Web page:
Now, you can see the file created in the master is populated on my local machine:

Before I start work, I want to make a new branch so I can commit it from that branch. It should make things easier (and when I took the screenshots, I forgot to do this, so when I went to commit, I was still on the master branch... not what I wanted, so I fixed it and didn't update the screenshots... from here on out, where it says "on branch master" read it as "on branch feature_1"). I used the command "git checkout -b feature_1". Feature_1 is the name of the branch that I just made and checked out. So I'm working in this branch now.

Now I am finally set up to begin contributing to this project.

My first task was to implement a file called "directions.txt" explaining how to get to Oz. 

Whew. So I put the file in the folder. Typing "git status" shows that there is an "untracked" file in there. I want git to track this file, so I use the command "git add directions.txt"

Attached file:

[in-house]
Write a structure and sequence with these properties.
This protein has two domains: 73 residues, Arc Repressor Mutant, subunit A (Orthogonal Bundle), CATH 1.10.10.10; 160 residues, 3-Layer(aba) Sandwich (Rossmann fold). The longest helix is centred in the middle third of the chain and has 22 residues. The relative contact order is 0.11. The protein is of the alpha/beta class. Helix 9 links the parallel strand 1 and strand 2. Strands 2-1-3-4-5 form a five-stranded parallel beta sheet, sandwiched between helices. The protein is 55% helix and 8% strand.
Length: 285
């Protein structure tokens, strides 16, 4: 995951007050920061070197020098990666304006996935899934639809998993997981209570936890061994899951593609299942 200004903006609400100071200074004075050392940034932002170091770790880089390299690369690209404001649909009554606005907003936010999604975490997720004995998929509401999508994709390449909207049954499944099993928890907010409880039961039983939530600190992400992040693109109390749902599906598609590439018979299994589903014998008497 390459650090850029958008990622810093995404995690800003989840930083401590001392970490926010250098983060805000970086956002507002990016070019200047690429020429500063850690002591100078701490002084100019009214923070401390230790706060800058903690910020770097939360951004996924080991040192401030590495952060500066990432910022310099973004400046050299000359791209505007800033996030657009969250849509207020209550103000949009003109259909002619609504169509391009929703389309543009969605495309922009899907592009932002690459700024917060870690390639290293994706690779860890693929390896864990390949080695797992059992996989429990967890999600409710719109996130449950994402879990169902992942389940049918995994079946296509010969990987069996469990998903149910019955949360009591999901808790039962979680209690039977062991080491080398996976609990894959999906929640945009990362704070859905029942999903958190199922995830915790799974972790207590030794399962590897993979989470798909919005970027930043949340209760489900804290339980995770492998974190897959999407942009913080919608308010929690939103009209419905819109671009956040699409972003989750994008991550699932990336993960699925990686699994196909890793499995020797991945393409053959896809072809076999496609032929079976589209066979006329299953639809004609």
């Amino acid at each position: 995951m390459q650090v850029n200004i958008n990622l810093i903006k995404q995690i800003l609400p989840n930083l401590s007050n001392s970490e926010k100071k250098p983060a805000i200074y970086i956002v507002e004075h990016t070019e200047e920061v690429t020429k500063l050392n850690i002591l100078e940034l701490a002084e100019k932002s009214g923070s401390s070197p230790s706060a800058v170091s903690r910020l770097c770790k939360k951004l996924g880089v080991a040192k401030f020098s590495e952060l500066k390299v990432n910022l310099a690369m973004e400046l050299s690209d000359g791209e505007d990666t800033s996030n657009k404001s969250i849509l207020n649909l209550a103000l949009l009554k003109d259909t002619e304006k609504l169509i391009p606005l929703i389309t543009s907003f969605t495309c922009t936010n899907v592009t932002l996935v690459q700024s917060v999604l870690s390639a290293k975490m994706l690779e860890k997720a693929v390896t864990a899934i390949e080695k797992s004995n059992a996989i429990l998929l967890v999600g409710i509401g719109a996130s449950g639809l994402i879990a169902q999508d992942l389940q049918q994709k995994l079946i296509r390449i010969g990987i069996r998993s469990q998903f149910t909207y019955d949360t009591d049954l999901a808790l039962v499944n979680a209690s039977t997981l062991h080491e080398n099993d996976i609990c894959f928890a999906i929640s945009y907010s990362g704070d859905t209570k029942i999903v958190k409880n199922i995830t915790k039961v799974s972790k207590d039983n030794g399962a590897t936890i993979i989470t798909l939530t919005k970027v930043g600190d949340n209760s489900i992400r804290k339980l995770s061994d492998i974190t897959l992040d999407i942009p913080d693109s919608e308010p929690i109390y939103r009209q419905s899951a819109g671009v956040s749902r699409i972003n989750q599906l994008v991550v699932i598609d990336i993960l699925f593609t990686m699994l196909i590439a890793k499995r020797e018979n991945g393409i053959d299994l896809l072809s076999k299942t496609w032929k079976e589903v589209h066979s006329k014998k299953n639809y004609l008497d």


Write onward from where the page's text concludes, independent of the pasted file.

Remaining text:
Now it shows up as tracked.

This means that when I commit changes to git, this one will be among them. I also got the task to update the readme file. So I did.
So README.md is modified. Use git add to add it to the list of files staged to be committed.

Now that we have all this work accomplished, let's commit it to git so we don't lose it. Use git commit -m "helpful message about the work I did"  with the quotes included this time.

The act of committing saved the changes to git on my local machine, but did not affect GitHub at all. 

We need to set up one more thing:

Basically, I just taught git what the aliases that I call my different repositories are. The command with the "rm" in it removes the blank origin statement from the list. Then I add in origin and upstream, both pointing at where I want them to be. The command "git remote -v" allows me to see what the alias mapping is currently set to.